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United States Court of Appeals For the Eighth Circuit ___________________________ No. 22-1109 ___________________________ Concord Baptist Church of Jefferson City, Inc. Plaintiff - Appellant v. Church Mutual Insurance Company Defendant - Appellee ____________ Appeal from United States District Court for the Western District of Missouri - Jefferson City ____________ Submitted: April 12, 2023 Filed: July 13, 2023 ____________ Before LOKEN, SHEPHERD, and KELLY, Circuit Judges. ____________ SHEPHERD, Circuit Judge. In March 2020, Concord Baptist Church of Jefferson City, Inc. (Concord Baptist) sustained damage to its facilities in a severe storm. After disagreements with its insurer, Church Mutual Insurance Company (Church Mutual), regarding the amount of loss, Concord Baptist initiated this action, alleging breach of contract and vexatious refusal to pay. The district court 1 granted summary judgment in favor of Church Mutual, concluding that the undisputed facts demonstrated that Concord Baptist failed to comply with a cooperation clause contained in the insurance policy, which precluded coverage. Concord Baptist appeals. Having jurisdiction under 28 U.S.C. § 1291, we affirm. I. Church Mutual issued a general liability insurance policy to Concord Baptist, which provided insurance coverage for Concord Baptist’s Jefferson City, Missouri facilities. Concord Baptist’s facilities included a Church and Worship Center, a storage barn, and three retail buildings. All structures were insured under the terms of the policy, which was in effect from December 3, 2019, to December 3, 2020. The policy provided general coverage for damages, including those caused by inclement weather. Notably, the policy contained provisions detailing Concord Baptist’s obligations under the policy, which provided: Duties in the Event of Loss or Damage a. You must see that the following are done in the event of loss or damage to Covered Property: *** (6) As often as may be reasonably required, permit us to inspect the property proving the loss or damage and examine your books and records. Also permit us to take samples of damaged and undamaged property for inspection, testing and analysis, and permit us to make copies from your books and records. 1 The Honorable Willie J. Epps, Jr., United States Magistrate Judge for the Western District of Missouri, to whom the case was referred for final disposition by consent of the parties pursuant to 28 U.S.C. § 636(c). -2- (7) Send us a signed, sworn proof of loss containing the information we request to investigate the claim. You must do this within 60 days after our request. We will supply you with the necessary forms. (8) Cooperate with us in the investigation or settlement of the claim. b. We may examine any insured under oath, while not in the presence of any other insured and at such times as may be reasonably required, about any matter relating to this insurance or the claim, including an insured’s books and records. In the event of an examination, an insured’s answers must be signed. R. Doc. 28-2, at 38. On March 27, 2020, a severe storm caused wind and hail damage to the roofs of each of Concord Baptist’s buildings. The storm also damaged vinyl fencing attached to the storage barn. Concord Baptist shortly thereafter filed a claim with Church Mutual, and Church Mutual began adjusting the claim. On April 2, 2020, and again on April 13, 2020, Church Mutual sent a representative from its thirdparty adjuster, Crawford & Company, to meet with Concord Baptist’s representative and to perform an inspection of the property damage. During the second inspection, Church Mutual also sent an individual from Nelson Forensic Engineering, who prepared an engineering report following the inspection. On May 26, 2020, Crawford & Company issued an estimate for the repairs, which was based upon the engineering report. Based on this estimate, Church Mutual issued two partial payments to Concord Baptist, totaling $237,852.24. Dissatisfied with the amount of loss assigned by Church Mutual, specifically as it related to estimated damage to a portion of the roof on Concord Baptist’s Church and Worship Center, Concord Baptist submitted a demand for appraisal to Church Mutual on June 3, 2020. Church Mutual acknowledged receipt of the demand on June 9, 2020, and asked Concord Baptist to submit any documentation supporting its claim that Church Mutual had not properly calculated the amount of loss to the Church and Worship Center roof. The appraisal process continued without incident -3- until Church Mutual learned that Concord Baptist’s appraiser would be reevaluating the entire claim—including damages Church Mutual had already issued partial payment for—instead of limiting the appraisal to the specific portion of the roof of the Church and Worship Center. About the same time, Church Mutual learned that Concord Baptist’s appraiser intended to submit an estimate of over $2,000,000. In response, on November 24, 2020, Church Mutual sent Concord Baptist a letter requesting that Concord Baptist limit its appraisal demand to only the specific portion of the Church and Worship Center roof or submit a revised demand for appraisal. On December 3, 2020, Concord Baptist submitted a revised demand for appraisal. The following day, Church Mutual acknowledged the appraisal demand but advised that, due to the increased scope of the demand, coverage issues might exist. As a result, Church Mutual requested additional information. Specifically, Church Mutual asked Concord Baptist to complete and return a notarized proof of loss (POL) form, provide any documentation supporting its damages claim, and provide a Concord Baptist representative to submit to an examination under oath (EUO). On December 10, 2020, Church Mutual sent a follow-up letter to Concord Baptist reiterating that, due to the expanded demand for appraisal, potential coverage issues had to be resolved before the appraisal could proceed. Church Mutual further stated that it would await the POL and supporting documents from Concord Baptist, after which it would proceed with scheduling the EUO. Church Mutual also specifically reminded Concord Baptist of its obligation under the terms of the policy to cooperate with Church Mutual’s investigation of the claim. Concord Baptist’s only response to Church Mutual came in the form of a January 22, 2021 letter from its counsel, which described Concord Baptist’s disagreement with Church Mutual’s interpretation of the appraisal provision and expressed a concern that Church Mutual was engaging in unnecessary delay tactics. In the closing of the letter, Concord Baptist’s counsel requested a follow-up call with Church Mutual, but one never took place. Instead, on February 18, 2021, Concord Baptist filed this action in Missouri state court, asserting its claims of breach of contract and vexatious refusal to properly investigate or settle the claim. Church Mutual removed the action to federal court. -4- Concord Baptist filed a motion to compel appraisal, which the district court denied, and Church Mutual subsequently filed a motion for summary judgment. Church Mutual argued that it was entitled to summary judgment on Concord Baptist’s claims based on Concord Baptist’s failure to comply with the cooperation provision in the policy. The district court agreed and granted summary judgment in Church Mutual’s favor. The district court first determined that the undisputed facts demonstrate that Concord Baptist materially breached the cooperation clause by failing to submit a POL form, provide supporting documentation, or submit to an EUO. The district court next concluded that the undisputed facts showed that Church Mutual suffered substantial prejudice from Concord Baptist’s breach because it was unable to gather the information necessary to evaluate Concord Baptist’s claim that it was entitled to coverage in an amount in excess of $2,000,000. Finally, the district court determined that Church Mutual exercised reasonable diligence in attempting to secure Concord Baptist’s cooperation, with the record evidence demonstrating that Church Mutual sent its request for the POL, EUO, and additional information the day following its receipt of Concord Baptist’s revised demand for appraisals; enclosed the POL form with its letter; and sent a follow-up letter reiterating its requests after Concord Baptist did not respond. Concord Baptist appeals the adverse grant of summary judgment. II. Concord Baptist asserts that the district court erred in granting summary judgment because (1) the record does not support the conclusion that Concord Baptist materially breached the cooperation provision by failing to submit to an EUO, (2) Church Mutual did not suffer substantial prejudice from Concord Baptist’s failure to sit for an EUO or provide a POL, and (3) whether Church Mutual exercised reasonable diligence to secure Concord Baptist’s cooperation is, at the very least, a question of fact not properly resolved on summary judgment. “‘We review de novo a district court’s grant of summary judgment.’ Summary judgment is proper only if ‘there is no genuine issue as to any material fact’ and ‘the moving party is entitled -5- to judgment as a matter of law.’” Avenoso v. Reliance Standard Life Ins. Co., 19 F.4th 1020, 1024 (8th Cir. 2021) (citation omitted). Missouri law, which the parties agree governs this diversity action, recognizes the validity of cooperation clauses in insurance policies, which “are designed to ‘enable the [insurance] company to possess itself of all knowledge, and all information as to other sources of knowledge, in regard to facts, material to their rights, to enable them to decide upon their obligations, and to protect them against false claims.’” Roller v. Am. Mod. Home Ins. Co., 484 S.W.3d 110, 116 (Mo. Ct. App. 2015) (alteration in original) (citation omitted). Missouri courts have consistently recognized the insurer’s right to conduct a full investigation of claims submitted by its insureds, and “have found that the insured’s failure to assist in the investigation precludes any coverage.” McClune v. Farmers Ins. Co., 12 F.4th 845, 849 (8th Cir. 2021) (citation omitted) (applying Missouri law). For an insurer to deny coverage based on an insured’s failure to cooperate with the investigation of the claim, “an insurer must prove: (1) a material breach of the cooperation clause; (2) the existence of substantial prejudice as a result of the breach; and (3) the exercise of reasonable diligence to secure the insured’s cooperation.” Id. (citation omitted). As an initial matter, Concord Baptist does not dispute that its failure to provide a POL constituted a material breach of the policy. Reply Br. 2 (“For purposes of appeal, Concord Baptist does not challenge the District Court’s determination that not providing the requested POL within sixty days constituted a material breach of the cooperation clause, but rather argues that Church Mutual did not suffer substantial prejudice as a result of said breach.”). Because Concord Baptist admits that it materially breached the policy, we need not address Concord Baptist’s argument regarding whether the failure to submit to an EUO was a material breach. We note, however, that Missouri courts have found a material breach where an insured failed to submit to an EUO before commencing an action against the insurer. See, e.g., Roller, 484 S.W.3d at 116. -6- Regarding the second element, whether Church Mutual suffered substantial prejudice from Concord Baptist’s material breach, we agree with the district court that the undisputed facts show that it did. Prejudice can be established when the insured fails to comply with a reasonable examination request because the insured has “perhaps the greatest knowledge of the circumstances[.]” Thus “[i]f an insured willfully and without excuse refuses discovery, an insurer may refuse to go forward with an adjustment and claim immunity from suit.” Id. (alterations in original) (citations omitted). Concord Baptist’s refusal to provide the POL or to submit to an EUO prejudiced Church Mutual because, in doing so, it “prevented [the insurer] from continuing its investigation of [the] claim.” McClune, 12 F.4th at 851. Here, Concord Baptist advised Church Mutual that its appraiser would support a claim of damages in excess of $2 million, when Church Mutual had valued the loss around $250,000. Submitting the POL and submitting to an EUO would have allowed Church Mutual to understand the basis for Concord Baptist’s claim and would have provided Church Mutual with the opportunity to further investigate the validity of the claim and any underlying coverage issues. Concord Baptist’s failure to provide the POL or submit to the EUO thus substantially prejudiced Church Mutual by “den[ying Church Mutual] the opportunity both to complete its investigation and to issue a ruling on [the] claim.” Wiles v. Capitol Indem. Corp., 215 F. Supp. 2d 1029, 1032 (E.D. Mo. 2001). Finally, as to the third element, whether Church Mutual exercised reasonable diligence in attempting to procure Concord Baptist’s cooperation, we again agree with the district court that the undisputed facts demonstrate Church Mutual’s diligence. Church Mutual responded immediately to Concord Baptist’s revised appraisal demand and requested the POL, additional documentation, and an EUO so that it could evaluate Concord Baptist’s claim. When Concord Baptist failed to respond to this letter, Church Mutual contacted Concord Baptist, reiterating the requests that would have to be satisfied before Church Mutual could move forward. Concord Baptist’s letter to Church Mutual from its attorney did not comply with its -7- obligations under the terms of the policy and does not negate Church Mutual’s diligent efforts to procure Concord Baptist’s cooperation. See id. at 1031-32 (finding that insurer exercised reasonable diligence in attempting to procure insured’s cooperation when it twice requested that the insured submit to an EUO). The undisputed facts demonstrate that Church Mutual has satisfied all elements necessary to deny coverage based on Concord Baptist’s failure to cooperate in the investigation of its claim. The district court thus did not err in granting summary judgment in favor of Church Mutual. III. For the foregoing reasons, we affirm the judgment of the district court. ______________________________ -8-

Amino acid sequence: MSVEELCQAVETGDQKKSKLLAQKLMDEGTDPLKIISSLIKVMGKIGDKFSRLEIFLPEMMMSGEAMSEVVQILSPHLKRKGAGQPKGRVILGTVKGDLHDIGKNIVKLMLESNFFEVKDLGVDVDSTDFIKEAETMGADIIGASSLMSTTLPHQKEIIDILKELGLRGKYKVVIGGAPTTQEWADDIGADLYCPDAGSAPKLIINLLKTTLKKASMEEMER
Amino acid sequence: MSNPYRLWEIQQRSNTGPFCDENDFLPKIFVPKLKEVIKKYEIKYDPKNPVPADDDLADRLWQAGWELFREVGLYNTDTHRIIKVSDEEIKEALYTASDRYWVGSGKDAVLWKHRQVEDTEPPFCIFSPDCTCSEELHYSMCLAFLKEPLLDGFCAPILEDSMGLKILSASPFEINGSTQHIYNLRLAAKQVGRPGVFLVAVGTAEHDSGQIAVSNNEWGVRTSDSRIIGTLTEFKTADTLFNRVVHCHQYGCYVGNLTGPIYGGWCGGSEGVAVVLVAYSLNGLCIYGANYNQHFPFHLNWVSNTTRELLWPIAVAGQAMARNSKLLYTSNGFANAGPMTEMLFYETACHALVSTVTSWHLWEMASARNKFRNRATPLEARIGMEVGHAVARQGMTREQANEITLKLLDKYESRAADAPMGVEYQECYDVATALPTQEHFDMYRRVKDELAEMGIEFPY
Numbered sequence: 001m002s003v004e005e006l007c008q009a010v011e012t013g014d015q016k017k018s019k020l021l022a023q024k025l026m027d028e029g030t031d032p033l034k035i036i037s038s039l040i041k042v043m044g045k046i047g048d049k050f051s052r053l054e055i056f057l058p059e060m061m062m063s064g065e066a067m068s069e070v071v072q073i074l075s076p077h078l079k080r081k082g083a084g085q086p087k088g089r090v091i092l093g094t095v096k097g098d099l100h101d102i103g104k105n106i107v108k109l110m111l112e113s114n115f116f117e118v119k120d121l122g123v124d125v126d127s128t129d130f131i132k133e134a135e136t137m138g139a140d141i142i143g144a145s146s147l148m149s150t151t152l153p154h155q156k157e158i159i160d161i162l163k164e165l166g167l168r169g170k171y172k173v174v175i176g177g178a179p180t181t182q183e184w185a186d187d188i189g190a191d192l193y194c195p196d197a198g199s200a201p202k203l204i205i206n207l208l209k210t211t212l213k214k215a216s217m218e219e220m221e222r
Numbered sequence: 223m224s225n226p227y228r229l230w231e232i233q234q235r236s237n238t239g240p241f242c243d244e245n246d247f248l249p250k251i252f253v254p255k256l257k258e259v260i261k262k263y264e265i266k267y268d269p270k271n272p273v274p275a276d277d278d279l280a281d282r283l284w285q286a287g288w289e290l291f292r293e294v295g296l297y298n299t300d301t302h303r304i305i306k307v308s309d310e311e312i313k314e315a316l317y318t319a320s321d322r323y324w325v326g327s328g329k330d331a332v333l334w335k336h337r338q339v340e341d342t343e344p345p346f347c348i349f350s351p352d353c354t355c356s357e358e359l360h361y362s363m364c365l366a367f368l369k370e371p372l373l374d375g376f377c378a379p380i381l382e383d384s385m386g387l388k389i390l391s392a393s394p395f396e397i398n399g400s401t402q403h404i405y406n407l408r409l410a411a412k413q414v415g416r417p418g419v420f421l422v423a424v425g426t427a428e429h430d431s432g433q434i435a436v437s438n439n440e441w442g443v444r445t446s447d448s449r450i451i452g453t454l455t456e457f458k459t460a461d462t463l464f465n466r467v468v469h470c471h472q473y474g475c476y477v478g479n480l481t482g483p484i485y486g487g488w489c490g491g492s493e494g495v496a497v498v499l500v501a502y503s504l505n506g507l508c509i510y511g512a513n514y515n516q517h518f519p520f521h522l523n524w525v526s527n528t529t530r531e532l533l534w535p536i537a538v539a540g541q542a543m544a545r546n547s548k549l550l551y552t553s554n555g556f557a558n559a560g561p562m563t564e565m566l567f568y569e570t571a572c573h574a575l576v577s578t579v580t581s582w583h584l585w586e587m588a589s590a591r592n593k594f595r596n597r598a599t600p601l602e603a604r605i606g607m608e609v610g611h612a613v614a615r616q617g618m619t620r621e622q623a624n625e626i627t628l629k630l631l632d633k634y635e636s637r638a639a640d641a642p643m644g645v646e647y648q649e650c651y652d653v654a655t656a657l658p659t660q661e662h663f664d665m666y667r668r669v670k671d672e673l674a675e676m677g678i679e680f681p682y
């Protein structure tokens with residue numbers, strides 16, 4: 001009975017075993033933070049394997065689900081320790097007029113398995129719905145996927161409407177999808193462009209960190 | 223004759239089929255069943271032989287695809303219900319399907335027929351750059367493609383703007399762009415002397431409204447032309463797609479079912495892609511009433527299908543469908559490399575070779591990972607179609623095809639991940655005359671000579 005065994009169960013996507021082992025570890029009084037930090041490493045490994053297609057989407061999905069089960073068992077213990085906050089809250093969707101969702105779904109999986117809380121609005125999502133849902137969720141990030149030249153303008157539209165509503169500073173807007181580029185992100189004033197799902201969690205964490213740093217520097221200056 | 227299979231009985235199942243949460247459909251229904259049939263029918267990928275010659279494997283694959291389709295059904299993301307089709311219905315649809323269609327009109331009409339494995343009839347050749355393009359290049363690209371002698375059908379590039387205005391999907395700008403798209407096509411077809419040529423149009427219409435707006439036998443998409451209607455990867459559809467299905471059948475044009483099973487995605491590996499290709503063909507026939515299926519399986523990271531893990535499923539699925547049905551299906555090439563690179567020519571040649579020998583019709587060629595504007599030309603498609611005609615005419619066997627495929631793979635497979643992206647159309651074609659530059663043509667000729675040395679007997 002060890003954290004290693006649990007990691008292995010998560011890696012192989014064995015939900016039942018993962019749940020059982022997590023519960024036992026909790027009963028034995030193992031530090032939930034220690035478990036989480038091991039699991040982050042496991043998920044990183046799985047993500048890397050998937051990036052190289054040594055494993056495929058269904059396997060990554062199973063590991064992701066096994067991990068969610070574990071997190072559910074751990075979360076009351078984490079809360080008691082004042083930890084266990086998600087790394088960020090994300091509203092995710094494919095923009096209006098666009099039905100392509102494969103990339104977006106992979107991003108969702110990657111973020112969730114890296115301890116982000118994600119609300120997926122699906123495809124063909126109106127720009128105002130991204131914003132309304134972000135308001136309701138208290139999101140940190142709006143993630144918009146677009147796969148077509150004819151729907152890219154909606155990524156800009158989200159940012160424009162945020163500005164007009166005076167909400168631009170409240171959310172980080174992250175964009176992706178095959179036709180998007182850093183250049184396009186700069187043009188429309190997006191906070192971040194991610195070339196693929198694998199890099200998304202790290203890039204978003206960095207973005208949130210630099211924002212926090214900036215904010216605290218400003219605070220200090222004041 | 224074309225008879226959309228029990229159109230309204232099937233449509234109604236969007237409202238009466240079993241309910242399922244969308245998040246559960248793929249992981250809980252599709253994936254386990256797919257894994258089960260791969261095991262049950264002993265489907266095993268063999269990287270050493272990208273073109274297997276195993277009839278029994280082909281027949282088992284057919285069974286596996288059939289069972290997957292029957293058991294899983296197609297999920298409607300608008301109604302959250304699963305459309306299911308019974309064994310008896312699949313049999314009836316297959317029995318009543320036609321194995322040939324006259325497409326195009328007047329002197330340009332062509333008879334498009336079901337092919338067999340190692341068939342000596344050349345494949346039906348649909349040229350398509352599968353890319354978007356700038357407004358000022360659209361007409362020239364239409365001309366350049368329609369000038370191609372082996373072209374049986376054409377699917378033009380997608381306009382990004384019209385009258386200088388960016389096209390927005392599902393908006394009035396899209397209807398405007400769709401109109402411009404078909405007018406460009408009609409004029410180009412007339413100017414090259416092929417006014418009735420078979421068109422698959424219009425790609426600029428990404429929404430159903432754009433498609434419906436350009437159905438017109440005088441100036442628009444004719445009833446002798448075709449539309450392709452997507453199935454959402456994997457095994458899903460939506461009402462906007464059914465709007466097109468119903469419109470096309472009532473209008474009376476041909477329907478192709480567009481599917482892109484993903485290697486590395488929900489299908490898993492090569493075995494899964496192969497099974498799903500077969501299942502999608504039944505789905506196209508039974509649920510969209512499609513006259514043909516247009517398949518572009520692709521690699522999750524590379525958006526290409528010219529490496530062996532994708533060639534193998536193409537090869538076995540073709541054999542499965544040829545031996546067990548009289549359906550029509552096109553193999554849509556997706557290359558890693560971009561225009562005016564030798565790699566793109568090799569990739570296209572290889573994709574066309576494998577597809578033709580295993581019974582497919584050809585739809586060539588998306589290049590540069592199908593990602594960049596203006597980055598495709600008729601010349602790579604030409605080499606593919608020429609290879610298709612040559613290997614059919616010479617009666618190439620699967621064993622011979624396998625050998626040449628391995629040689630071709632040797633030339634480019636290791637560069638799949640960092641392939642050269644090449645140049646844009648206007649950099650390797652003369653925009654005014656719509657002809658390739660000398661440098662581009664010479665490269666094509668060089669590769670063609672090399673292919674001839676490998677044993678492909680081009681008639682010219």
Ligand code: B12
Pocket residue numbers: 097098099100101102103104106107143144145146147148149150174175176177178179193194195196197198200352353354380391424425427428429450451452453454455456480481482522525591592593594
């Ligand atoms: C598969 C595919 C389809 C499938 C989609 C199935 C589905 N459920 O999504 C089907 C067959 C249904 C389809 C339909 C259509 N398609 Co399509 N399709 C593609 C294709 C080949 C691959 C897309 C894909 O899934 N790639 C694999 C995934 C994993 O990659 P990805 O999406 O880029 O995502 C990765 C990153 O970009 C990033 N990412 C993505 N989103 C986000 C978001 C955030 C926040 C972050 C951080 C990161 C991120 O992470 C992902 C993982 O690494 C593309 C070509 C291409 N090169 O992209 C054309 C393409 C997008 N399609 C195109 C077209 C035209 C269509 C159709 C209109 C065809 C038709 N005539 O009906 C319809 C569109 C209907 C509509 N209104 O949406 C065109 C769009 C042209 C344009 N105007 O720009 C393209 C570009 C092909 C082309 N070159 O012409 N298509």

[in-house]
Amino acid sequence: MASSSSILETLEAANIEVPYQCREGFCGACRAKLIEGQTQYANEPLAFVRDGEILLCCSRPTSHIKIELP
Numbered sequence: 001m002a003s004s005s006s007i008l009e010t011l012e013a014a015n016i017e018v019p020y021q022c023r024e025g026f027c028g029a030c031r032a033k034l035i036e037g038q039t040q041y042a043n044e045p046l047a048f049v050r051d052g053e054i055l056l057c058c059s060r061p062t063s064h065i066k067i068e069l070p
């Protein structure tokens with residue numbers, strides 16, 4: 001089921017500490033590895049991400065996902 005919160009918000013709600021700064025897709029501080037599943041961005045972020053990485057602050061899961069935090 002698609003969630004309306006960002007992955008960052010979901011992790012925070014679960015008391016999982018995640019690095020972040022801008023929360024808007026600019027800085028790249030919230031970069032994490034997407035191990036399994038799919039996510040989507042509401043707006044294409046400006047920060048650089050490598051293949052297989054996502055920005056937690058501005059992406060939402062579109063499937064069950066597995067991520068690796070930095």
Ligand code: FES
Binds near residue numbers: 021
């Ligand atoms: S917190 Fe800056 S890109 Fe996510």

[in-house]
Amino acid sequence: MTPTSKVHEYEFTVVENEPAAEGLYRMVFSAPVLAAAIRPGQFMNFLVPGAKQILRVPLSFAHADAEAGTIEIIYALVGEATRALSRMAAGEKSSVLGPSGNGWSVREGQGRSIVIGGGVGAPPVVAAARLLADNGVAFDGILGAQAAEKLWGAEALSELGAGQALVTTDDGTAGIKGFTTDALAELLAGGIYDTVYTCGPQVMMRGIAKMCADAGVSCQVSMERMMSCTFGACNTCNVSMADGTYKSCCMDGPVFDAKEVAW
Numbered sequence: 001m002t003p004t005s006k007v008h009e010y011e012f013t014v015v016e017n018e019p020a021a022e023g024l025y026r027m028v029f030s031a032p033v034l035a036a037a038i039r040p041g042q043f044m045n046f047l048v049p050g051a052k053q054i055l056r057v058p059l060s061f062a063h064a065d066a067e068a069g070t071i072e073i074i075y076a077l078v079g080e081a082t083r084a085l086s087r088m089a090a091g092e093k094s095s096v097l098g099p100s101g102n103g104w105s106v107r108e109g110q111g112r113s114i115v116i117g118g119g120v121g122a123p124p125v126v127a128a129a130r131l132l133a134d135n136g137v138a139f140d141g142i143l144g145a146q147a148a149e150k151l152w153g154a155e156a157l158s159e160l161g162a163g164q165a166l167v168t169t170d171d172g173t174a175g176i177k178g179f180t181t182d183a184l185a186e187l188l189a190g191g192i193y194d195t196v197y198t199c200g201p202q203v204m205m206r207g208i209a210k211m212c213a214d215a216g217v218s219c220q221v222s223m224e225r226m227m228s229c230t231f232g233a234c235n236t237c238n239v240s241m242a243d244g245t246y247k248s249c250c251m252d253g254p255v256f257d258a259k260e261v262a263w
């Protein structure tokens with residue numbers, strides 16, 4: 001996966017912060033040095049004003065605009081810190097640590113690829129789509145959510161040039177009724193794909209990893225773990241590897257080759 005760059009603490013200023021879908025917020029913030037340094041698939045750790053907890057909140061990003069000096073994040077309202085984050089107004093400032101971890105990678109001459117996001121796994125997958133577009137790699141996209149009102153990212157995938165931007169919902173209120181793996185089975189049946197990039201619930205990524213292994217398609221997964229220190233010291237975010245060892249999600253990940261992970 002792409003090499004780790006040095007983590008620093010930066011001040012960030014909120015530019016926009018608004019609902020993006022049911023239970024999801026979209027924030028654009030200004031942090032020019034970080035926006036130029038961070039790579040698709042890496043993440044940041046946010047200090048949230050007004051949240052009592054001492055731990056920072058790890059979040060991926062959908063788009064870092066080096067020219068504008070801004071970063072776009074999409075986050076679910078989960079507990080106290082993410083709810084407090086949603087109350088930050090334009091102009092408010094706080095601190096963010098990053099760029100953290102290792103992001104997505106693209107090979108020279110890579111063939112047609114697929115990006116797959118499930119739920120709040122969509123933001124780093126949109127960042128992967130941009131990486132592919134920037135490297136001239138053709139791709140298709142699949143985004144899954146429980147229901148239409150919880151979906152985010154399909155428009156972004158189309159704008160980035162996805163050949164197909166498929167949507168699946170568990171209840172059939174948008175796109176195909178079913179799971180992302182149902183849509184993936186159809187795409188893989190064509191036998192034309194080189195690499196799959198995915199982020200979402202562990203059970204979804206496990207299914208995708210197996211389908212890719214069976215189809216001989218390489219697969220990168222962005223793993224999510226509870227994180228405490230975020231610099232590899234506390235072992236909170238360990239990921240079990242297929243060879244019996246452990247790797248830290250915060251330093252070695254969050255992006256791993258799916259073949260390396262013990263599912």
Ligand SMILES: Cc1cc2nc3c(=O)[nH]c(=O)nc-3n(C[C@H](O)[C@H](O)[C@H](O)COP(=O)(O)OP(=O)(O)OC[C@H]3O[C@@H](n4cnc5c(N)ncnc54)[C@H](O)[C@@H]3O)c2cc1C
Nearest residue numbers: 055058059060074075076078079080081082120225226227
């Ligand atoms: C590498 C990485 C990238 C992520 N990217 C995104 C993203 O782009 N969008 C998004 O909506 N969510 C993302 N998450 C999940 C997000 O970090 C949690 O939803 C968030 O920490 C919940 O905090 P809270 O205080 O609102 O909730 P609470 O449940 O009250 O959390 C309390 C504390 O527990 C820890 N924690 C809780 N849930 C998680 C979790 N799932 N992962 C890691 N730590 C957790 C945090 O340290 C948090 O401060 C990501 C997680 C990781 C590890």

Primary Holding

The Eighth Circuit affirmed the district court’s ruling granting summary judgment in favor of Church Mutual, concluding that the undisputed facts demonstrated that Concord Baptist failed to comply with a cooperation clause contained in the insurance policy, which precluded coverage.